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Carettochelys insculpta, Pig-nosed Turtle
Dr. Gabe S. Bever - New York Institute of Technology
Carettochelys insculpta
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Florida Museum of Natural History (UF 49415)

Image processing: Dr. Amy Balanoff
Image processing: Dr. Julian Humphries
Publication Date: 01 Mar 2004


Carettochelys insculpta is widely considered one of the most interesting and unique of the living turtles. A thick protruding snout with laterally-placed nares gives the head of C. insculpta a superficially pig-like appearance. The paddle-like forefeet are used to propel C. insculpta (much like sea turtles and unlike most other aquatic turtles, which use their hindlimbs for propulsion) through the freshwater streams, rivers, lakes, and lagoons of Papua New Guinea and the Daly, Victoria, and Alligator river drainages of the Northern Territory, Australia (Ernst and Barbour, 1989). The pig-nosed turtle, perhaps not surprisingly given its name, is known to consume a wide variety of food items ranging from fruits, seeds, roots, and leaves to snails, insects, and small fish.


Carettochelys insculpta is the sole living member of the Carettochelyidae, a group whose stratigraphic range extends as far back as the Mesozoic (Cretaceous of central Asia). Tertiary records of carettochelyids are relatively abundant and allocated to one of two primary groups, the Anosterinae and Carettochelyinae. Fossils from both groups are common in the Eocene of Asia, Europe, and North America, but only the Carettochelyinae (which includes the living C. insculpta) appears to have survived into the Miocene. Miocene-aged carettochelyine fossils are recovered from Africa, Arabia, Europe, and New Guinea.


Cladistic analyses of both morphological and molecular characters place the Carettochelyidae as a close relative to the soft-shelled turtles of the Trionychidae (Meylan, 1987; Meylan and Gaffney, 1989; Shaffer et al., 1997). Skeletal characters that diagnose carettochelyids and trionychids as a monophyletic group include fusion of the left and right premaxillae, lack of bony suturing between the carapace and plastron, strong suturing of the ribs to the vertebral centra, a relatively long coracoid process, contact between the radius and ulna adjacent to the manus, and three or fewer clawed digits.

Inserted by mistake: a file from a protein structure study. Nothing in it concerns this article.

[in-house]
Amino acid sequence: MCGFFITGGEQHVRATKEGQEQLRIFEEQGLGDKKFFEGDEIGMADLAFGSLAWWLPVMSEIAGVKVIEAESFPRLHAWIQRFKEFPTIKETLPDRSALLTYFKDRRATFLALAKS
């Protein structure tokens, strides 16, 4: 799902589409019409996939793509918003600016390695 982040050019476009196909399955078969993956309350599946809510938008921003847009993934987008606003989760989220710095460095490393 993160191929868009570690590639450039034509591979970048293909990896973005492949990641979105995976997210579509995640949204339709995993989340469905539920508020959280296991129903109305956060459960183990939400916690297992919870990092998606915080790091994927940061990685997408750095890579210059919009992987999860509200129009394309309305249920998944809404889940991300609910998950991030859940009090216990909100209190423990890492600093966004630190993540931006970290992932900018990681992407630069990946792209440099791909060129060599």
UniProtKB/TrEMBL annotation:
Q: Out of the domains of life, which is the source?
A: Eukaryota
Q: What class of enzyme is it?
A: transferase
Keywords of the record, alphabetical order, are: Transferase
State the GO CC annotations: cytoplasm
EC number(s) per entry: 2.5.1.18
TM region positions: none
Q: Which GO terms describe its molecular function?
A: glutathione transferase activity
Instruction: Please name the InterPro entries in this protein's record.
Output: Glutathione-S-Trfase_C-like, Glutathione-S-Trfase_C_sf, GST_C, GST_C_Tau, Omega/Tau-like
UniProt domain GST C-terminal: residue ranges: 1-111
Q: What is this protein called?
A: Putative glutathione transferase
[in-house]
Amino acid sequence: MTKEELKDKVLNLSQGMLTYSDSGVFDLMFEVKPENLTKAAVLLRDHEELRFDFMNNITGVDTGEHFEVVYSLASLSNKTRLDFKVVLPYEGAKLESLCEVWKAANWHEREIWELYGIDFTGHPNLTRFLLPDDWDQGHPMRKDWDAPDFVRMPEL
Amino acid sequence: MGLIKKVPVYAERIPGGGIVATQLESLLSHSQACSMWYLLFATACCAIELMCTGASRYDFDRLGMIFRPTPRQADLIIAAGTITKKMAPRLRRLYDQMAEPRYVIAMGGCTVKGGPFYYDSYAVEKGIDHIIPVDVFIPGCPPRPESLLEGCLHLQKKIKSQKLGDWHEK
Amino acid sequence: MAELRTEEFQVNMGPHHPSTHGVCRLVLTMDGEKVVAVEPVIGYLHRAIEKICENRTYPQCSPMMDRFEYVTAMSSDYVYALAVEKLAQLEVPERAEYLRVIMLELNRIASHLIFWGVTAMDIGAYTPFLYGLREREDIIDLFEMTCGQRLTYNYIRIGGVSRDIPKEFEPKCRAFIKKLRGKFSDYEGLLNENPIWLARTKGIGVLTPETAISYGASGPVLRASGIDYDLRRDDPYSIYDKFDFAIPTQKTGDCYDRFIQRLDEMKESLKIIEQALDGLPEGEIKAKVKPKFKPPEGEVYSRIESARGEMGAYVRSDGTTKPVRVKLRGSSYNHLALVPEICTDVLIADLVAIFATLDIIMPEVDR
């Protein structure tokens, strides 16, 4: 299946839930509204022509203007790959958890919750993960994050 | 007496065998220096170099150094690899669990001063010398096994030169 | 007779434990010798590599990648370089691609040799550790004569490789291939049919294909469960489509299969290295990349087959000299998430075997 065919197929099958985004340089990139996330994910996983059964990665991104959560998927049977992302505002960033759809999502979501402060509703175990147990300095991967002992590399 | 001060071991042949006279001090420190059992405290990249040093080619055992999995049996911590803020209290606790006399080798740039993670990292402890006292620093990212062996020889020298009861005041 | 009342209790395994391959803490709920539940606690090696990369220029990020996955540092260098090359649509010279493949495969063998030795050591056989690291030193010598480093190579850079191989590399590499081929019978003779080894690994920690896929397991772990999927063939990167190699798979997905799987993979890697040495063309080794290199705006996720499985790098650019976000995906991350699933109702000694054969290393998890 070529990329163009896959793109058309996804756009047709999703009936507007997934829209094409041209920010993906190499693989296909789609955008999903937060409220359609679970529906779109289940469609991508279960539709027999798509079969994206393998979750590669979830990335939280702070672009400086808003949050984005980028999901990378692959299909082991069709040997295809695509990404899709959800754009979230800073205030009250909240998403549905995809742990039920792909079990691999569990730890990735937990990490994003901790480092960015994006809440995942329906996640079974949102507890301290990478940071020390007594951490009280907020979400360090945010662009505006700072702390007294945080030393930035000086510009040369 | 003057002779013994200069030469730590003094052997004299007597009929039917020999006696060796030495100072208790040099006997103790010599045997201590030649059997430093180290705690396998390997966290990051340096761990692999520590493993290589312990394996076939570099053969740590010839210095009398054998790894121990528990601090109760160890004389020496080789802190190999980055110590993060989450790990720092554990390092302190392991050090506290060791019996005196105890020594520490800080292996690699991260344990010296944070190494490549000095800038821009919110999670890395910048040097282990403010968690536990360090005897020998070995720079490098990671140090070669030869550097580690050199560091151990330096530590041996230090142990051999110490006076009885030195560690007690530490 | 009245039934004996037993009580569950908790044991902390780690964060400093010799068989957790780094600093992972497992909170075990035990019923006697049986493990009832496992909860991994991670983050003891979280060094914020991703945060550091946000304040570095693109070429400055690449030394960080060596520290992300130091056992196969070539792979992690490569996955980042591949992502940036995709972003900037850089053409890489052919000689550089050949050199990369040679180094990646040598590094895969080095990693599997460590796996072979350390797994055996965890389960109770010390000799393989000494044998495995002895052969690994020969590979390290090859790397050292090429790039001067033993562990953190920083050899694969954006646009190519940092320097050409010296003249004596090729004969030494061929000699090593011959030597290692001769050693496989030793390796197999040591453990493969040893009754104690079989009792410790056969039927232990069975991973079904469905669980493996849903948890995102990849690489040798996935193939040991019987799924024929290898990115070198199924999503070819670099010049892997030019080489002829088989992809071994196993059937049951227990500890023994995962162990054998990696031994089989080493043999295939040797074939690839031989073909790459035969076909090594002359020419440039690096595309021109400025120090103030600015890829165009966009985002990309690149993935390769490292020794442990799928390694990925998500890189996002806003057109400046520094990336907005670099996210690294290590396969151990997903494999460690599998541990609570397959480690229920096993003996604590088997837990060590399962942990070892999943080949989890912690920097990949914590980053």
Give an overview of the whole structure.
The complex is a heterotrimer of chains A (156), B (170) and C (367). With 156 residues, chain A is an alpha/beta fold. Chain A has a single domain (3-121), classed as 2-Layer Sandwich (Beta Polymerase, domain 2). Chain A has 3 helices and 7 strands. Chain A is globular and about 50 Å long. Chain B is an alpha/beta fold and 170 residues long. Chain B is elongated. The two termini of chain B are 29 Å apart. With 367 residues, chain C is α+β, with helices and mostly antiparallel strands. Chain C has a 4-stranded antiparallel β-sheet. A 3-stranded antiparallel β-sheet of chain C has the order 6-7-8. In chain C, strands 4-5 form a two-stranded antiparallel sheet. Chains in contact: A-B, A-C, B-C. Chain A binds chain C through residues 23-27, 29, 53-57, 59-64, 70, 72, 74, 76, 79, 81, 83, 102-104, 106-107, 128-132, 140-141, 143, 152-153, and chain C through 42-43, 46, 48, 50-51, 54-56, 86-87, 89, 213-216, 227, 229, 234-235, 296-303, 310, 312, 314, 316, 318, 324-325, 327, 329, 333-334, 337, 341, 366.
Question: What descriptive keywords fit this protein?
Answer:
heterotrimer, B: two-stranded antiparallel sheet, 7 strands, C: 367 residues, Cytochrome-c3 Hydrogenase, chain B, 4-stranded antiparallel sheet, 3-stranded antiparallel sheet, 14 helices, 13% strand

Other skeletal characters of systematic interest that are present in C. insculpta include reduction of the vomer, anterior truncation of the palatines, lack of an external process of the pterygoid, posterior closure of the incisura columella auris, relative lack of cheek emargination, division of the pterygoids by the basisphenoid, ten or fewer peripherals, and the presence of processes extending ventrally from the nuchal.

About the Species

This specimen was collected from the Indonesian portion of New Guinea. It was made available to The University of Texas High-Resolution X-ray CT Facility for scanning courtesy of the Florida Museum of Natural History. Funding for scanning was provided by a National Science Foundation Digital Libraries Initiative grant to Dr. Timothy Rowe of The University of Texas at Austin.

About this Specimen

This specimen was scanned by Matthew Colbert on 6 November 2003 along the horizontal axis for a total of 204 1024x1024 pixel slices. Each slice is 0.5 mm thick, with an interslice spacing of 0.4 mm and a field of reconstruction of 268 mm.

About the


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Carettochelys insculpta on the Integrated Taxonomic Information System.

Carettochelys insculpta on Tortoise.org

Images and information about Carettochelys at Carettochelys.com.

The research website of Dr. Eugene Gaffney of the American Museum of Natural History

& Links

To cite this page: Dr. Gabe S. Bever, 2004, "Carettochelys insculpta" (On-line), Digital Morphology. Accessed July 12, 2024 at http://digimorph.org/specimens/Carettochelys_insculpta/.

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